at the Annual Meeting:
Details for the Annual Meeting, April 17-18 in Pittsburgh
We have an exciting lineup for the Annual Meeting this April. The theme is “Mind and Brain” and will include the following talks:
J.P. Moreland, Ph.D., Distinguished Professor of Philosophy, Talbot School of Theology, Biola University
“The irrelevance of neuroscience for formulating and addressing the fundamental problems in philosophy/theology of mind.” In the first part of my talk, I will lay out the autonomy and authority theses in philosophy and identify the central questions in the four key areas of the mind/body problem. In the second section, I will show why neuroscience cannot even formulate, much less address these central questions. I will also clarify what it means to say that two or more theories are empirically equivalent and go on to argue that when it comes to the neuroscience of mirror neurons, (1) strict physicalism (2) mere property dualism and (3) substance dualism are empirically equivalent treatments of the scientific data. And an appeal to theoretical simplicity does not favor strict physicalism.In the third section, I will show that a simple soul is, but a complex brain is not the sort of thing that can acomodate 3 things we know about ourselves: (1) we are possibly such that we can exist in a disembodied state after death and NDEs have made this beyond reasonable doubt; (2) we possess a fundamentally unified consciousness; (3) we are continuants even though our bodies and brains undergo severe part replacement. I will conclude by point out that while philosophy/theology does not need neuroscience to address its central issues the converse is not true. Neuroscience needs philosophy to do its work.
Eric Jones, Ph.D., Associate Professor of Psychology, Regent University College of Arts and Sciences and member of the executive board of the Society for Christian Psychology
“The ultimate purpose of the human brain: survival, mental continuity and human flourishing” Over the past twenty years the role of the brain has become progressively more central to the work of experimental psychology. Although the discovery and description of brain functions have exploded during this time, the strict adherence to evolutionary psychological perspectives among researchers has resulted in no realistic competing philosophical explanations for these discoveries. Given that brain function must be explained within an evolutionary context and as brain function is fundamentally involved in these processes, it is also assumed the purpose of the brain as a whole adheres to a survival orientation. This presentation reviews theory and research from the field of psychology as well as philosophy and theology from a Christian perspective to provide an alternative understanding of the function and purpose of the brain. It is proposed that the brain is not ultimately oriented toward the survival of individuals. Instead the brain appears to be better characterized within a relational ontological context leading to a strikingly different view of the person than contemporary psychology holds.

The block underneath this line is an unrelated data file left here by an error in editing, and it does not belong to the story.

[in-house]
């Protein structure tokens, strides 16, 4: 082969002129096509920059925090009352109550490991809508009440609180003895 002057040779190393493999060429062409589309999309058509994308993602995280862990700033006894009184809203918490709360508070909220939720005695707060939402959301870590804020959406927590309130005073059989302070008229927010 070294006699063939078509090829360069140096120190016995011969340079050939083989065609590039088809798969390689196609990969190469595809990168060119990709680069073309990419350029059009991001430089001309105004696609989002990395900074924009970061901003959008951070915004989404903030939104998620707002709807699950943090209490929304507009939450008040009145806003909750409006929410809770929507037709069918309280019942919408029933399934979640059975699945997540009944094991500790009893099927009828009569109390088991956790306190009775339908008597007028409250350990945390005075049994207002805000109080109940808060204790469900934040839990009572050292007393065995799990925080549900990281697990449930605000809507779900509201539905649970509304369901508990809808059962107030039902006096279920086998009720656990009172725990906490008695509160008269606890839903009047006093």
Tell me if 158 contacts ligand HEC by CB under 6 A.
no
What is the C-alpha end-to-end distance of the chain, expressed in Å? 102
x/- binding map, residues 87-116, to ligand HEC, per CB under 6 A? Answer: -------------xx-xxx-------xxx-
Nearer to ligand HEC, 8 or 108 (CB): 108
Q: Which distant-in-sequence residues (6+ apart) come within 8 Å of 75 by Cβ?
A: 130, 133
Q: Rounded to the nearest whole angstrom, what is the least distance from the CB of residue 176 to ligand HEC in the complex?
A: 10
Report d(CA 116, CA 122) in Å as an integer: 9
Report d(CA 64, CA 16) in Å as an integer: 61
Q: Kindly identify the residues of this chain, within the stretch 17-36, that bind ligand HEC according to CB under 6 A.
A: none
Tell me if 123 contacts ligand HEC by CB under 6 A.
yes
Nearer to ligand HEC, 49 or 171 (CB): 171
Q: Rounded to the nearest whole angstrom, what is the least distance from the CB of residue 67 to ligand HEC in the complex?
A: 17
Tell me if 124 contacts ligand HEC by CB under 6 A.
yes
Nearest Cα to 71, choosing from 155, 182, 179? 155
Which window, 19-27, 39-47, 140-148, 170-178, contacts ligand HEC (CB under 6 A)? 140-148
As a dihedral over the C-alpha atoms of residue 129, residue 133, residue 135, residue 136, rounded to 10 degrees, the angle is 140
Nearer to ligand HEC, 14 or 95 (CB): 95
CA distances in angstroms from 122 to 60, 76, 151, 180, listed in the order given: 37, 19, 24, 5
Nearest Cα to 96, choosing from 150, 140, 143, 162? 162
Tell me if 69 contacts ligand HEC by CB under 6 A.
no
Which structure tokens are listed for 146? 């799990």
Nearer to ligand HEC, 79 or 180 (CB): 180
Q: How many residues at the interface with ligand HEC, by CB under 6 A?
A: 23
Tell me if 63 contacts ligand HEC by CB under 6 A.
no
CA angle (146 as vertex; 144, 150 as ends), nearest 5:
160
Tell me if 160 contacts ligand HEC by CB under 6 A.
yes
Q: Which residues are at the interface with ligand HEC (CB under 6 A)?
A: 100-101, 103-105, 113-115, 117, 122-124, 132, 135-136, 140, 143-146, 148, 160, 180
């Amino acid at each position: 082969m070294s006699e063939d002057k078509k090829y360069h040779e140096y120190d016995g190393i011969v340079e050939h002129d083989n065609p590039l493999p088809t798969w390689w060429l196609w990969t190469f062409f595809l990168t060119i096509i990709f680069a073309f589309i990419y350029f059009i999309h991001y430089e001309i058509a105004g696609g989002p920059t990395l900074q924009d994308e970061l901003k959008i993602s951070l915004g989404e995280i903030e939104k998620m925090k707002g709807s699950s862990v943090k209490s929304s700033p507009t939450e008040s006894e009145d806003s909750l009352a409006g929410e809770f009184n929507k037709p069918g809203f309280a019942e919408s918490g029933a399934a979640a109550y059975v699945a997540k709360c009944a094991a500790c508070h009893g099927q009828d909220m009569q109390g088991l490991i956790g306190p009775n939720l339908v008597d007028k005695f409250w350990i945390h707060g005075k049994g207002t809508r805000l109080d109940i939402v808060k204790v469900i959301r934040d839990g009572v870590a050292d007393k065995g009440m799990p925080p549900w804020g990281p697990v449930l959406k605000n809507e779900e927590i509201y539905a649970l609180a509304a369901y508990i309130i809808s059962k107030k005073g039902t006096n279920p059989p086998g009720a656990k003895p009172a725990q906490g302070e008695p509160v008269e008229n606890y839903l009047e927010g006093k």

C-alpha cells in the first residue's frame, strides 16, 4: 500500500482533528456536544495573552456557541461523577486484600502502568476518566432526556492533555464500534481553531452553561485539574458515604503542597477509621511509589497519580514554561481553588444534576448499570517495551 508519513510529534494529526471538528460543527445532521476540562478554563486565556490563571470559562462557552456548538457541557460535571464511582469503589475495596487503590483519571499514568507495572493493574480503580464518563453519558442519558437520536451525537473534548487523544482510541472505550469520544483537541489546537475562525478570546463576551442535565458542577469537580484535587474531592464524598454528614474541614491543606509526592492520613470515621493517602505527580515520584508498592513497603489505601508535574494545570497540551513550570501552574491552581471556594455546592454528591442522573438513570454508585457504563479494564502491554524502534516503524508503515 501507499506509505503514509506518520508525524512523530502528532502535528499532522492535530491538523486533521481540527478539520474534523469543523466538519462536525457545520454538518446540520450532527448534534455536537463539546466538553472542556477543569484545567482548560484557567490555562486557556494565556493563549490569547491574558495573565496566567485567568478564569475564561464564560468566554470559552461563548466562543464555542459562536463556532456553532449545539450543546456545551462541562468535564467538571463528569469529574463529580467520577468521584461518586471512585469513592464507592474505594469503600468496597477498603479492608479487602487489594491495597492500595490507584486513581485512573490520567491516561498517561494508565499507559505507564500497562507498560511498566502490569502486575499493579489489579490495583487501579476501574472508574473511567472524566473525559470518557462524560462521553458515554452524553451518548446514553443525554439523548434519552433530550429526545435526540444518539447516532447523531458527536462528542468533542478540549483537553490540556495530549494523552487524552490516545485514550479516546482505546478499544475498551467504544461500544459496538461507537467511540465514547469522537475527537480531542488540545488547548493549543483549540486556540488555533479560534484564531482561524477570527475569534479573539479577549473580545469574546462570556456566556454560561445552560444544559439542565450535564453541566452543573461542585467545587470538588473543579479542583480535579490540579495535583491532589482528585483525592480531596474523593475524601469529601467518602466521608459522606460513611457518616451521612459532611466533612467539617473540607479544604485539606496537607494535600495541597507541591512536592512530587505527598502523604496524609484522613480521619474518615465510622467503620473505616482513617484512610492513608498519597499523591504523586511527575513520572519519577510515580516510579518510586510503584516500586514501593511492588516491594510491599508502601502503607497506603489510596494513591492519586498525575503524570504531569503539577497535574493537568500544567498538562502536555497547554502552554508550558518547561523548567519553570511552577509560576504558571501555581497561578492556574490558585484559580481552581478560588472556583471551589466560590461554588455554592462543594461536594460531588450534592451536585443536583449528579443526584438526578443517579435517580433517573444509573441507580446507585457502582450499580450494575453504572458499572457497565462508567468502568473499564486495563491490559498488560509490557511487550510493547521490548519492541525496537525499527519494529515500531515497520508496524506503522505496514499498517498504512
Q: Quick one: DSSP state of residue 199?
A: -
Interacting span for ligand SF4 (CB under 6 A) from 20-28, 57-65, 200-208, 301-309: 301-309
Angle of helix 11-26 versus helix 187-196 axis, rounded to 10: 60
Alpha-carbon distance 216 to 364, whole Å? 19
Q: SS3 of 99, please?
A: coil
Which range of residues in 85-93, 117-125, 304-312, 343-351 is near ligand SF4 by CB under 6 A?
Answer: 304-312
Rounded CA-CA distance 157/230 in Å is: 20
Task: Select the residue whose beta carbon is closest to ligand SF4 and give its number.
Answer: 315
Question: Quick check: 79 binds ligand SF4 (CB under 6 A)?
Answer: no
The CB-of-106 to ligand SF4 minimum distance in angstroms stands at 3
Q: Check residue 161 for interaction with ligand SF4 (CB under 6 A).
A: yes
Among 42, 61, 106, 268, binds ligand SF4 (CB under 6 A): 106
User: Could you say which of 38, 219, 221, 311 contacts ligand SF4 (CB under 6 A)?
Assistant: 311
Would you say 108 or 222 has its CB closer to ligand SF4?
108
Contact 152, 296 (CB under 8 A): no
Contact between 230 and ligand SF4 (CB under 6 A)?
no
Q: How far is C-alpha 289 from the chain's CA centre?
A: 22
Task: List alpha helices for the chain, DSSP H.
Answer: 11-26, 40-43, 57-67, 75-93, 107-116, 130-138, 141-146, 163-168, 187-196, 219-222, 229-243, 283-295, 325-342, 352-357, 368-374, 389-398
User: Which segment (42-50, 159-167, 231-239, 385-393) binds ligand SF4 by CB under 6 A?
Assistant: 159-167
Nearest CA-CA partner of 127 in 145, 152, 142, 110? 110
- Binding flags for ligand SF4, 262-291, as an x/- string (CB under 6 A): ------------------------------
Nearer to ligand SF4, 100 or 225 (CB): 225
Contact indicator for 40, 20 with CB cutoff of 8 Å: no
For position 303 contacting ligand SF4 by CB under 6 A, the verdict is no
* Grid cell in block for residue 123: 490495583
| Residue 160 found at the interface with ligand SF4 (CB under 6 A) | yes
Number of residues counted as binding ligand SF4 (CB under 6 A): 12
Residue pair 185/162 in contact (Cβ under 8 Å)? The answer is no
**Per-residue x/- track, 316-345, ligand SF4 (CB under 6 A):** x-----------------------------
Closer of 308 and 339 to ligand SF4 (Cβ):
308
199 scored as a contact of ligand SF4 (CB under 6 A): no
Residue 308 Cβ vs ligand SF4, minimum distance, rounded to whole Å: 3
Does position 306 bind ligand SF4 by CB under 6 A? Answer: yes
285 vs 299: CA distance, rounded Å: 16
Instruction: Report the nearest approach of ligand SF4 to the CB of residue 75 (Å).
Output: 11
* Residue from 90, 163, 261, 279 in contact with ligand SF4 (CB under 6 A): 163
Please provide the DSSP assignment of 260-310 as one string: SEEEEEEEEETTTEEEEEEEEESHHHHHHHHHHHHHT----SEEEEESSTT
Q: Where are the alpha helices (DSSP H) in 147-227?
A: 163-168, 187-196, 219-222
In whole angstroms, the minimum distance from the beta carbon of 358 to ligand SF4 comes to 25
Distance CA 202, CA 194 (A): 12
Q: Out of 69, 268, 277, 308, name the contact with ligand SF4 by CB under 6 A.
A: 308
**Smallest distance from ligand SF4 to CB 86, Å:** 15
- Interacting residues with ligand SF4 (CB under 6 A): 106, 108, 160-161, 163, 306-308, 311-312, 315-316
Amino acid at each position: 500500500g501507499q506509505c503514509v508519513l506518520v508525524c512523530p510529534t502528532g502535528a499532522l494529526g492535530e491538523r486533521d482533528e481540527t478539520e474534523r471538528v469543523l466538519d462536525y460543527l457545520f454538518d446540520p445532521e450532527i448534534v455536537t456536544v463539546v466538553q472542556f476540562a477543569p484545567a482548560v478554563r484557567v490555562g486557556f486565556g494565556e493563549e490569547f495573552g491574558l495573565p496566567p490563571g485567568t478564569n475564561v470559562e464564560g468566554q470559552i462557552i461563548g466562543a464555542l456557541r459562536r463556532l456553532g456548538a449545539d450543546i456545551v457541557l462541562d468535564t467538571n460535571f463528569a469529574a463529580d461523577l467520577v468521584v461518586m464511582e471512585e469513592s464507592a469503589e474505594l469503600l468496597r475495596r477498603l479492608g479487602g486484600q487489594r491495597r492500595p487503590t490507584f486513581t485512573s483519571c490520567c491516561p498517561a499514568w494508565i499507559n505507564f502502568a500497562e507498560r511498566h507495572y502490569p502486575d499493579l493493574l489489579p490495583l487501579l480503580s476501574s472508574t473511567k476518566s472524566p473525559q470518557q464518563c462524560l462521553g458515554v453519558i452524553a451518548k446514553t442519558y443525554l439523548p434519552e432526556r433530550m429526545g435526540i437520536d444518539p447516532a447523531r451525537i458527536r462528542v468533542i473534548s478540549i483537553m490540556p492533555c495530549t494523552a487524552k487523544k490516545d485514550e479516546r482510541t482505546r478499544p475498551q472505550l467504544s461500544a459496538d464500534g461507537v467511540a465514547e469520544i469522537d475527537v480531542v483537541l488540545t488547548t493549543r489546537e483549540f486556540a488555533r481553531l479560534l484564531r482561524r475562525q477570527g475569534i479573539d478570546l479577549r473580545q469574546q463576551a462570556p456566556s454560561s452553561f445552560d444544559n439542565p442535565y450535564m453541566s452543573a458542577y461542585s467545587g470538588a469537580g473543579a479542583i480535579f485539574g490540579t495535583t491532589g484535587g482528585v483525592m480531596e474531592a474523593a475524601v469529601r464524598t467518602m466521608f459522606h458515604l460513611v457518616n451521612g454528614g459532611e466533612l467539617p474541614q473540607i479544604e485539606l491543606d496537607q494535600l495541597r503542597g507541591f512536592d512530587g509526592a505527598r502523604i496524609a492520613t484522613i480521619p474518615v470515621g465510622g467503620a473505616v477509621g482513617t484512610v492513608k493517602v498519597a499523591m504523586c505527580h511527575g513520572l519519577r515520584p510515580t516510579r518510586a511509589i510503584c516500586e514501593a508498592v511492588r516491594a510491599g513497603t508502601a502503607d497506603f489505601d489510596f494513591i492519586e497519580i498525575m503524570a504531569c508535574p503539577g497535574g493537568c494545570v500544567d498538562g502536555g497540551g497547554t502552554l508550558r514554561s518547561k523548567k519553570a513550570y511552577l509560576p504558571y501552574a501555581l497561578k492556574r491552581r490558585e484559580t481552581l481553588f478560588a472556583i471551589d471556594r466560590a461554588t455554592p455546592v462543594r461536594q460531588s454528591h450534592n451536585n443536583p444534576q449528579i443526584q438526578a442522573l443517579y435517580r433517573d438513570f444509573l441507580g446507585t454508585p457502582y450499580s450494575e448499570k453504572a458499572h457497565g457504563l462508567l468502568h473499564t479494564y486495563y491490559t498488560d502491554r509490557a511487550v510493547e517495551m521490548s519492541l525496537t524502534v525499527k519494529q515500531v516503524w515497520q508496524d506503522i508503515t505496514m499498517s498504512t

Angus Menuge, Ph.D., Professor of Philosophy, Concordia University Wisconsin and President of the Evangelical Philosophical Society “Can a serious scientist believe in the soul?”
Many suppose that the soul has no place in a modern scientifically informed view of reality. The most common arguments for this opinion are that: (1) souls undercut the causal closure of the physical world, making it impossible to complete physical science; (2) souls violate the laws of physics, and especially the energy conservation law, because causal interactions require an energy transfer; and (3) souls are redundant, because there is nothing one can explain with souls that one cannot better explain by appeal to neurophysiology alone. I argue that all of these objections fail. Either they conflate empirical science with a dubious materialist philosophy or they overstate what the empirical data really show. I contend that: (1) we do not have good reason to accept the causal closure of the physical world; (2) souls need not violate the laws of physics, including the energy conservation law; and (3) souls are not redundant, but serve as the best explanation of the rational powers of agents presupposed by scientific inquiry. The scientist who embraces souls gains a coherent picture of the relation between the scientist and nature, which is unavailable to the materialist. Michael Egnor, M.D., Professor of Neurosurgery and Director of Pediatric Neurosurgery, Stony Brook University “Misconceptions in modern neuroscience” During the past century neuroscientists have have gained much understanding of molecular and cellular neurobiology. Yet a genuine scientific understanding of the biological basis for consciousness remains elusive. A primary reason for this is the materialist metaphysical predicate in which neuroscientific research is conducted. An understanding of this conceptual error, and replacement of materialist metaphysics with a hylemorphic metaphysical perspective, will deepen scientific insight into the mind and its biological substrate. More.
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3 Replies to “Brutally cold? Start thinking about the Christian Scientific Society speaker lineup April 17-18”
It’s quite telling if a society which calls itself “scientific” and calls for
uses a false picture of DNA to pretend scientificity of a meeting that shall deepen the scientific insight into the biological substrate that underlies the mind.
I was going to suggest it could be Z-DNA, but they managed to screw that up too.
Seems very interesting. And our interlocutors are, as usual, very pertinent by choosing to comment only about the DNA image… 🙂